Duration structure

Applies to Windows and Windows Phone

Represents the duration of time that a Timeline is active, or more generally represents a duration of time that also supports two special values Automatic and Forever.

Syntax


public struct Duration


<object property="[days.]hours:minutes:seconds[.fractionalSeconds]"/>
-or-
<object property="Automatic" .../>
-or-
<object property="Forever" .../>
 

XAML Values

days

An integer value greater than or equal to 0 that specifies the number of days.

hours

An integer value between 0 and 23 that specifies the number of hours. If you specify a Duration as a XAML attribute, an hours component is required, even if it is 0.

minutes

An integer value between 0 and 59 that specifies the number of minutes. Set hours:minutes components as "0:0" if you are setting only a seconds component.

seconds

An integer value between 0 and 59 that specifies the number of seconds. Set hours:minutes components as "0:0" if you are setting only a seconds component.

fractionalSeconds

Optional. A decimal value consisting of 1 to 7 positions past the decimal point, which specifies fractional seconds.

Automatic

The literal string "Automatic".

Forever

The literal string "Forever".

Attributes

[Version(0x06020000)]
[WebHostHidden()]

Members

The Duration structure has these types of members:

Constructors

The Duration structure has these constructors.

ConstructorDescription
Duration Initializes a new instance of the Duration structure with the supplied TimeSpan value.

 

Fields

The Duration structure has these fields.

FieldData typeDescription
TimeSpan

System.TimeSpan [.NET] | Windows::Foundation::TimeSpan [C++]

The TimeSpan value component.

Type

DurationType

The type as a member of the enumeration.

 

Methods

The Duration structure has these methods. It also inherits methods from the Object class.

MethodDescription
Add [C#, VB]Adds the value of the specified Duration to this Duration.
Compare Compares one Duration value to another.
Equals(Duration) [C#, VB]Compares two Duration structures for equality.
Equals(Duration,Duration) [C#, VB]Compares two Duration structures for equality, as a static helper method.
Equals(Object) [C#, VB]Determines whether the specified object is equal to a Duration.
GetHashCode [C#, VB]Gets a hash code for this object.
Subtract [C#, VB]Subtracts the specified Duration from this Duration.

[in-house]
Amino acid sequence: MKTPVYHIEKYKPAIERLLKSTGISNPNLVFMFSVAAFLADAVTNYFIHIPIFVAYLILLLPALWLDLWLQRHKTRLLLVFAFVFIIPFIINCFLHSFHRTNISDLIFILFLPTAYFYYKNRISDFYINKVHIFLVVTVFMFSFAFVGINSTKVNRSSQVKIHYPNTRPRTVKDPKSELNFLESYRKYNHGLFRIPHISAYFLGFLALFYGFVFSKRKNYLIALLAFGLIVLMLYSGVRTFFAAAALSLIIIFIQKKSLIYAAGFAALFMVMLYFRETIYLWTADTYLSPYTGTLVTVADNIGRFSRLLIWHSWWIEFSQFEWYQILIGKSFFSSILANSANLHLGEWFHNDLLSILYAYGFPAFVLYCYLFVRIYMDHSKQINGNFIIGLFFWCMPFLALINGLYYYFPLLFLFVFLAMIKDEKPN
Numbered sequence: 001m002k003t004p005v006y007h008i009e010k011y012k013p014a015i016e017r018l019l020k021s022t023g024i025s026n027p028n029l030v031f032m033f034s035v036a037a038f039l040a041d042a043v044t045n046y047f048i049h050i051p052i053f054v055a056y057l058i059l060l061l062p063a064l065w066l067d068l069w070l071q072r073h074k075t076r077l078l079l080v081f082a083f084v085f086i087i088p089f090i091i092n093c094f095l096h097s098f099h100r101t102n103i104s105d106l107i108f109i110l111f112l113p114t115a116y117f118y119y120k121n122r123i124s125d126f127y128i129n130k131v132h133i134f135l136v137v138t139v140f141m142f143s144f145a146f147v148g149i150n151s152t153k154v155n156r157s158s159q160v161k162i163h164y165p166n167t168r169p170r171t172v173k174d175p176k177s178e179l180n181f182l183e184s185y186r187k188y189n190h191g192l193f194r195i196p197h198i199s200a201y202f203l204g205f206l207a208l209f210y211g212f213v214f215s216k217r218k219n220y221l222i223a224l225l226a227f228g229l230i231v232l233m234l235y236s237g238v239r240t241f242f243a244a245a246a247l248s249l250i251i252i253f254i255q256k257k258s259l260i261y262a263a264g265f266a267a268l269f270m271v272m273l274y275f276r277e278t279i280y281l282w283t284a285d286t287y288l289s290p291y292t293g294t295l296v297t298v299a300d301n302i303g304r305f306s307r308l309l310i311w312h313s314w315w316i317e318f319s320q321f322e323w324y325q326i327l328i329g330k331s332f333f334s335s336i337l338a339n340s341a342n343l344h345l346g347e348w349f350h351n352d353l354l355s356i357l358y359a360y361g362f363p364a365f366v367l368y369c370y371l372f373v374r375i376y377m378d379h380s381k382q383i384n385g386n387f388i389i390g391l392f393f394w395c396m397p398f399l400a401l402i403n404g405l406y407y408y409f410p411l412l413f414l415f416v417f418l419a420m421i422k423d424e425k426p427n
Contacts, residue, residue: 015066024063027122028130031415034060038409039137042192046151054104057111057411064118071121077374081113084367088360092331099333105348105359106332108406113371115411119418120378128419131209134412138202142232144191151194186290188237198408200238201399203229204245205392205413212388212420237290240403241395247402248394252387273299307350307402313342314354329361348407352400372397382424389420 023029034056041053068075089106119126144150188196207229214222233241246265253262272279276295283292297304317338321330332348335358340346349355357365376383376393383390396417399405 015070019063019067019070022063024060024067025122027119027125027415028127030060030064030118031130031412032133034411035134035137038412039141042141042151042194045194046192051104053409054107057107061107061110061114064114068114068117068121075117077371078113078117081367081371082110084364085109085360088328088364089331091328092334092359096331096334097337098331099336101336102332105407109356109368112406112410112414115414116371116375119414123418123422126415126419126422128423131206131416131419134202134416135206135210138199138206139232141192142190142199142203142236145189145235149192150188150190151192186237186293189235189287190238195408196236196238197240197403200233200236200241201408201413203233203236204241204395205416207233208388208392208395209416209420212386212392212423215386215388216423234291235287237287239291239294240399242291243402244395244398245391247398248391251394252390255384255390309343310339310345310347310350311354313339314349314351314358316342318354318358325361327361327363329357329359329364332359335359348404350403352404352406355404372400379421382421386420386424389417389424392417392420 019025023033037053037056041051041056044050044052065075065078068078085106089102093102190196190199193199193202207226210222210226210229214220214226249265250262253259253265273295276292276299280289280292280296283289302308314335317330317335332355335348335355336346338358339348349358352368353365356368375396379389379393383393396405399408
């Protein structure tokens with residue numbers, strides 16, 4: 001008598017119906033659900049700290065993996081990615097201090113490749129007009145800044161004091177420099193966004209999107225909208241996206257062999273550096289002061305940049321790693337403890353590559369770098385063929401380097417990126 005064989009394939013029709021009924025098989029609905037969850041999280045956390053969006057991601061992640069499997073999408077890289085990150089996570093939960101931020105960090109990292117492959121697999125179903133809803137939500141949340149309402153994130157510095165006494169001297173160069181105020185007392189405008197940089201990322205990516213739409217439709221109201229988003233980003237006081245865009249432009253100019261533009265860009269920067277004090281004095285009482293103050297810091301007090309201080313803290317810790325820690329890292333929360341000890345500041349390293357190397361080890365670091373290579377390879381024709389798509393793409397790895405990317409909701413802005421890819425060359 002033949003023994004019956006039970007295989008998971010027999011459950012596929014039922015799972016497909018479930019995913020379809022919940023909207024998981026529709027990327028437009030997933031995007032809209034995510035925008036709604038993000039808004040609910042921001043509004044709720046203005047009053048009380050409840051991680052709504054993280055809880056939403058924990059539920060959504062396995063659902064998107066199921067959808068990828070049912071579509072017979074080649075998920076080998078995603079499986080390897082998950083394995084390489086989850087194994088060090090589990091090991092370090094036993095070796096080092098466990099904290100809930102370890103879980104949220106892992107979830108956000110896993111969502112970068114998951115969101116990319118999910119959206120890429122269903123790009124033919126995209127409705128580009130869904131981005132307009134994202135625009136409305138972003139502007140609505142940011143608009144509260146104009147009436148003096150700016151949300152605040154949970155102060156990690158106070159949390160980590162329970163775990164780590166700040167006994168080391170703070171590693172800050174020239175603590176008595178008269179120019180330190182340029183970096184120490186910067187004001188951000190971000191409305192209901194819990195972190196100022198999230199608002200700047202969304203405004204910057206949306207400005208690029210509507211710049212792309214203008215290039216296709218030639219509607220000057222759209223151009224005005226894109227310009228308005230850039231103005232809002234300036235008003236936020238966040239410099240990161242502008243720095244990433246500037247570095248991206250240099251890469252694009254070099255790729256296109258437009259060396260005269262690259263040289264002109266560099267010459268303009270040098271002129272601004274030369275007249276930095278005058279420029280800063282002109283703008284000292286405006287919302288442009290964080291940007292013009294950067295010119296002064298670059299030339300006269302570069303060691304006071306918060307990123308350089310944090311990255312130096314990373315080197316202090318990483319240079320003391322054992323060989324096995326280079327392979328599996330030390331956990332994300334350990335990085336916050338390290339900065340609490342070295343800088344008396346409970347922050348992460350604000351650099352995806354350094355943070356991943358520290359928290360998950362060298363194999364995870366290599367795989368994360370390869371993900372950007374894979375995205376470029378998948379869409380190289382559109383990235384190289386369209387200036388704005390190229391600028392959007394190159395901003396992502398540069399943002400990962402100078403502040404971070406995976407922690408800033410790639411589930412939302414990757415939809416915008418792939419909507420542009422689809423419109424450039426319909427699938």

ToString [C#, VB]Converts a Duration to a String representation.

 

Operators

The Duration structure has these operators.

OperatorDescription
Addition Adds the values of two Duration structures.
Equality Compares two Duration structures for equality.
GreaterThan Determines if one Duration is greater than another.
GreaterThanOrEqual Determines if one Duration is greater than or equal to another.
Implicit Implicitly creates a Duration from a given TimeSpan.
Inequality Compares two Duration structures for inequality.
LessThan Determines if one Duration is less than another.
LessThanOrEqual Determines if one Duration is less than or equal to another.
Subtraction Subtracts the value of one Duration from another.
UnaryPlus Returns the specified Duration.

 

Properties

The Duration structure has these properties.

PropertyAccess typeDescription

Automatic

Read-onlyGets a Duration value that is automatically determined.

Forever

Read-onlyGets a Duration value that represents an infinite interval.

HasTimeSpan

Read-onlyGets a value that indicates if this Duration represents a TimeSpan value.

TimeSpan

Read-onlyGets the TimeSpan value that this Duration represents.

 

Remarks

A Duration value is used for these properties:

For more info on how to use a Duration as part of a Timeline, including code examples, see Storyboarded animations or Timeline.Duration.

The most common way to use a Duration value in the Windows Runtime is to set it using a XAML attribute. When you set a value in XAML, you're supplying a string, and the string is parsed using the hours:minutes:seconds string format and its variants as is described in the XAML Syntax sections near the beginning of this reference topic.

Specifying a Duration using a string that resembles an integer, without any literal characters used in the hours:minutes:seconds string format such as : or . will result in a Duration of that number of days! This is seldom the intended result. Usually you specify animation durations in seconds. As such, the Duration string must include preceding 0 values for hours and minutes, with literal : characters as separators between hours and minutes, and between minutes and seconds. For example, to specify a Duration of five seconds, the correct string for either or a XAML attribute value is "0:0:5" ("0:0:05" is equivalent).